Using this approach we managed to get 6 people to estimate just under 100 stories in just under an hour.  That’s a lot quicker than any of us expected.  We ended up with an estimate of just over 2,500 story points for 3 months work by 8.4 people.  Gut instinct suggests that we might manage about 75% of that.  But since there were about a dozen things we couldn’t estimate, maybe that’ll be more like half in reality?

So with my project manager hat on, I now have to work out whether we should have estimated for the “top slice” tasks: support, bug fixing, advice, technical debt stories…  We probably should have, but I’m not sure if the same approach works. Especially for “keep the wheels on” server monitoring activity.

And now that I have a set of estimates for most of the things our business partners want, we have to communicate that back to them.  There will, presumably, be some iteration while we refine the requirements for the things we refused to estimate, attach names to tasks that no-one thought they were doing but which had high priorities, and drop some stuff off the bottom of the list.

I’m really interested to see what we actually deliver at the end of January, so we can for the first time get a feel for how what our development teams velocity might be. Remind me to tell you about that when the time comes!

Well not prizes in this case! No, I’m referring to story points. One of the next things on my to do list is to look into exemplar stories with points to give us a baseline to start from as we move to estimating development in points rather than hours.

In some ways this seems pretty easy:

1) define a 1 point story
2) define your scale
3) think of some things that fit at the higher story points.

One is OK. The smallest piece of Moodle work that I can think of is to update a language string, or change a style on a discrete screen element. These are the sort of thing that take a few minutes to do, plus a bit of testing. Maybe an hour in total. So that’s what I’m starting from as a single point.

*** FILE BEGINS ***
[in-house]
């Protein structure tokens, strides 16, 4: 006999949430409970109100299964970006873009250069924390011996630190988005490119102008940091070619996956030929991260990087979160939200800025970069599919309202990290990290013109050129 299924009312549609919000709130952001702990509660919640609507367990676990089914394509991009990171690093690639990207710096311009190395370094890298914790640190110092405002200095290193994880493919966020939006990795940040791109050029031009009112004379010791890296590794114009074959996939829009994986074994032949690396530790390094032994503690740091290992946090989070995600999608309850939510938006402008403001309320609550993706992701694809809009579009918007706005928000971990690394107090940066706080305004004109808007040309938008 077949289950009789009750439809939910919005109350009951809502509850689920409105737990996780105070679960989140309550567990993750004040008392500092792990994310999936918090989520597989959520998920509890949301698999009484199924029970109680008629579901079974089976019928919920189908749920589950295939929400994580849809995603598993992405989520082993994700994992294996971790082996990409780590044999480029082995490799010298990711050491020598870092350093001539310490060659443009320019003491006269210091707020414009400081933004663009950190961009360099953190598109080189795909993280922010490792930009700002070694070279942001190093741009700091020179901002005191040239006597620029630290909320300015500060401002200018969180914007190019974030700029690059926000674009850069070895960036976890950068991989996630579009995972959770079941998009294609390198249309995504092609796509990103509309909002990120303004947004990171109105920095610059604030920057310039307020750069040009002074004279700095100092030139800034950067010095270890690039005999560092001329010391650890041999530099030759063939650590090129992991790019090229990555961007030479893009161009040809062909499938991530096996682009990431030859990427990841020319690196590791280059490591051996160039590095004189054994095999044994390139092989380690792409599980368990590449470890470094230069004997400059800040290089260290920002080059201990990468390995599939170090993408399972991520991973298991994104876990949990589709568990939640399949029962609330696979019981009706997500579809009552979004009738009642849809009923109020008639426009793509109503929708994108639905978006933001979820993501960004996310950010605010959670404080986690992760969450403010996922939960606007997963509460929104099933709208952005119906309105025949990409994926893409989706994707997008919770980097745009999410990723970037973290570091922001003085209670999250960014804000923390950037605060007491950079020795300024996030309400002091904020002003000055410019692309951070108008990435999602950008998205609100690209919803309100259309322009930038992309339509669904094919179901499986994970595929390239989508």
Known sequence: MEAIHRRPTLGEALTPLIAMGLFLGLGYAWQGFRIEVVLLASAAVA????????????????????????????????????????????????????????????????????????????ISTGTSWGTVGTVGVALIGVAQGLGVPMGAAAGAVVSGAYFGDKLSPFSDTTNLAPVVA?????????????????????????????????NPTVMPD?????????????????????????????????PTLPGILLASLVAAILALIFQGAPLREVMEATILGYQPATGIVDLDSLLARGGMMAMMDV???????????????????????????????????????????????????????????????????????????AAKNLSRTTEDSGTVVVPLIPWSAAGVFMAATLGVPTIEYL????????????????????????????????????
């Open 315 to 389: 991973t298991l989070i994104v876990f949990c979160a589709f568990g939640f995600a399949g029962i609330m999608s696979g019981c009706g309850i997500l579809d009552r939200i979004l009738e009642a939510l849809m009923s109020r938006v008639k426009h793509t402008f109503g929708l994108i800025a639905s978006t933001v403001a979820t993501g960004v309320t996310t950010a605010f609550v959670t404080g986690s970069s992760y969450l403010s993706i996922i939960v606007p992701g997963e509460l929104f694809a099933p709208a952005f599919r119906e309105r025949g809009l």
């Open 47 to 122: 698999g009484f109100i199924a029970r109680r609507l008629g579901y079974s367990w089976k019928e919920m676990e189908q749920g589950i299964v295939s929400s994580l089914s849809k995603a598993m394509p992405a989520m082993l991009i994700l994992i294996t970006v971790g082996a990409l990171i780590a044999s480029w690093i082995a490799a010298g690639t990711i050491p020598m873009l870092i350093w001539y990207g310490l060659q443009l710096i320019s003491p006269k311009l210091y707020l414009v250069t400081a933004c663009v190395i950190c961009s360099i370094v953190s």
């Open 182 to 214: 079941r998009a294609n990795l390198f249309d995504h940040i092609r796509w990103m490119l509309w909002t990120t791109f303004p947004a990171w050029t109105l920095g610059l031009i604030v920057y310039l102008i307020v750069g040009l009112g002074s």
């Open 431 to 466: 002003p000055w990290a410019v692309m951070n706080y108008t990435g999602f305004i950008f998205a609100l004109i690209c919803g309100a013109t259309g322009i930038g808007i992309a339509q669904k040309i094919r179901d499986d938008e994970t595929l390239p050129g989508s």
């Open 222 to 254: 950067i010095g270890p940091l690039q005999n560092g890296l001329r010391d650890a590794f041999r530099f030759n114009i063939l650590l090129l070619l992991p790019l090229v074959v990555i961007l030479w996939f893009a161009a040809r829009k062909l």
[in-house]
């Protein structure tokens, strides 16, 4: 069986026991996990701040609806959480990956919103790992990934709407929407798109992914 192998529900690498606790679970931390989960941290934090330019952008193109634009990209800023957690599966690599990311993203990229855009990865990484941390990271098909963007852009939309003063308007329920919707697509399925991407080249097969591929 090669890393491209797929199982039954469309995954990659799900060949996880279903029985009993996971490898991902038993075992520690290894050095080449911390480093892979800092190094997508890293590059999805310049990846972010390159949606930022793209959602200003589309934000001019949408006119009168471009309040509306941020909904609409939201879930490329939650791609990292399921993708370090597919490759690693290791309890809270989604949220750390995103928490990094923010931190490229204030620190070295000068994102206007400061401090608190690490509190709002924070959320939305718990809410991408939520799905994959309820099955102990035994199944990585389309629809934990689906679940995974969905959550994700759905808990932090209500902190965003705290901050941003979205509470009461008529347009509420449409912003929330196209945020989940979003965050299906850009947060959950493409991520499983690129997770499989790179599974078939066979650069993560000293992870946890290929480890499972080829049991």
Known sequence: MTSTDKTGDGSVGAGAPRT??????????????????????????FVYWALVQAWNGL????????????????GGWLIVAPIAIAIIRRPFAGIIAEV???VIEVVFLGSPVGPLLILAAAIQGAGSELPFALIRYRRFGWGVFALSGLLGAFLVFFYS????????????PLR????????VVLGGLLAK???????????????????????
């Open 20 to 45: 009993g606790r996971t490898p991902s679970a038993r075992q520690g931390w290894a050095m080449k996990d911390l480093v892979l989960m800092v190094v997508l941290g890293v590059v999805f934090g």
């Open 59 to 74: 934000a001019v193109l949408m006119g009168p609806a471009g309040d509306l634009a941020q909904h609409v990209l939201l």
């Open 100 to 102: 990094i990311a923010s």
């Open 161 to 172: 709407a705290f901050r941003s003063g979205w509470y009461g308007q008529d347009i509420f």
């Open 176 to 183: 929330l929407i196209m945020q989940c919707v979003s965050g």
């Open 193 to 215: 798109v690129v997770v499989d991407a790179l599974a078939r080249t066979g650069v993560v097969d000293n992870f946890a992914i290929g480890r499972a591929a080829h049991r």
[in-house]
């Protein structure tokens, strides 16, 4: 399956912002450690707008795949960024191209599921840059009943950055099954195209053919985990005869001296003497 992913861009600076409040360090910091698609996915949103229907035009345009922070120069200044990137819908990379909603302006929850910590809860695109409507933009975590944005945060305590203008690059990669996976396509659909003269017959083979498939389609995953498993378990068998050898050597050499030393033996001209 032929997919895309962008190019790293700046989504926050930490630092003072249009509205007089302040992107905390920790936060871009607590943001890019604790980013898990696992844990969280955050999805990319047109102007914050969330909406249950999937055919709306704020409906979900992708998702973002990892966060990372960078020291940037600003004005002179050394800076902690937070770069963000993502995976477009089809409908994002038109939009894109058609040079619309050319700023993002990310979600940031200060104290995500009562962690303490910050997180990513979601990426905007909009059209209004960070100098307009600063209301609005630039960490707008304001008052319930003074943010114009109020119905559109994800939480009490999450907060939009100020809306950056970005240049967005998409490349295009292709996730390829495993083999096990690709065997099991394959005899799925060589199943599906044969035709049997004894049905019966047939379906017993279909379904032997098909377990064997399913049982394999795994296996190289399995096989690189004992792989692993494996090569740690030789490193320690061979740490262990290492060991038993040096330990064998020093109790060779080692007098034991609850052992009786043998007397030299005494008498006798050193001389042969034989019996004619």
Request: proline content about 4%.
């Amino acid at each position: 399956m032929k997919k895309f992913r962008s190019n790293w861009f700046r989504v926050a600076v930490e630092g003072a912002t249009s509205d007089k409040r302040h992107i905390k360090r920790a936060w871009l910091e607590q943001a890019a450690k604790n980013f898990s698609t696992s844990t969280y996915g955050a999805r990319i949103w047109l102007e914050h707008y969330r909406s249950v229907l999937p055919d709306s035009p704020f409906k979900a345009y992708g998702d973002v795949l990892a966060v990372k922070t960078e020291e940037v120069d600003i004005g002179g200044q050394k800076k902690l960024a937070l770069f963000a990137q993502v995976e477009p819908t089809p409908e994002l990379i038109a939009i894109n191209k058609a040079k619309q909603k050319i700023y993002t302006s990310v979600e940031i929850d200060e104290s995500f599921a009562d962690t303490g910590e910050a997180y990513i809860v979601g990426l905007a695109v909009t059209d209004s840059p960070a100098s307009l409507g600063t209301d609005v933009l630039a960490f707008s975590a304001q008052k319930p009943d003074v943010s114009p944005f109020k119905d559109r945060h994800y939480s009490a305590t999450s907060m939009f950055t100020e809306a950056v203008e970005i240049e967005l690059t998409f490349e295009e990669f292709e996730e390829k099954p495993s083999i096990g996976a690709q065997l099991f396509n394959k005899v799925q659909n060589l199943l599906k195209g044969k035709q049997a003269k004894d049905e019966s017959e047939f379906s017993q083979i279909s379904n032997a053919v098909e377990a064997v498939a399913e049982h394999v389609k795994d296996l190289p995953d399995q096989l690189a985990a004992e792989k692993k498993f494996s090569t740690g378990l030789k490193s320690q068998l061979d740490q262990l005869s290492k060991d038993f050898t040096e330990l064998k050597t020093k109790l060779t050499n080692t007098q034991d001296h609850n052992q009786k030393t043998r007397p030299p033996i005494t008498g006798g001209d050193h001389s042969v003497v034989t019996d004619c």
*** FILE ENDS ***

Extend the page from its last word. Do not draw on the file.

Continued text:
Two is OK. We’ll use the common fibonacci approach, so our scale will be 1, 2, 3, 5, 8, 13, 21, 34. And that’s probably far enough. If one point starts off looking a bit like 1 hour, then 34 points is a little over a week’s work. And the theory says that if you’re estimating something as more than a week’s work, then its an epic not a story. We might quote for epics in bigger numbers – lets say 55, 89 and 144. At 144 story points, we’re talking about 4-5 weeks work and our ability to estimate accurately is probably quite poor. Then there would be 233, 377 and 610. Now we’re in the region of 5 months work which we would probably describe as a theme with even less accuracy. And there’s not a lot of point of counting points after this, so the next step is infinity or “nobody knows”.

But for my current focus, I want to categorise up to 34. And it is at step 3 that it starts to get a bit more challenging. Here are the kinds of things that I’ve been thinking about:

* add a configuration setting to control an existing feature
* write a block to display a message
* add a capability to control permission over an existing feature
* add a field to a form and save the result in the database
* add a log event on a specific page

I seem to be able to think of lots of really little things, and lots of really big things, but I’m rather struggling with the things in the middle.

So, do you use story points to estimate Moodle development work? If so, are you willing to share what yours look like?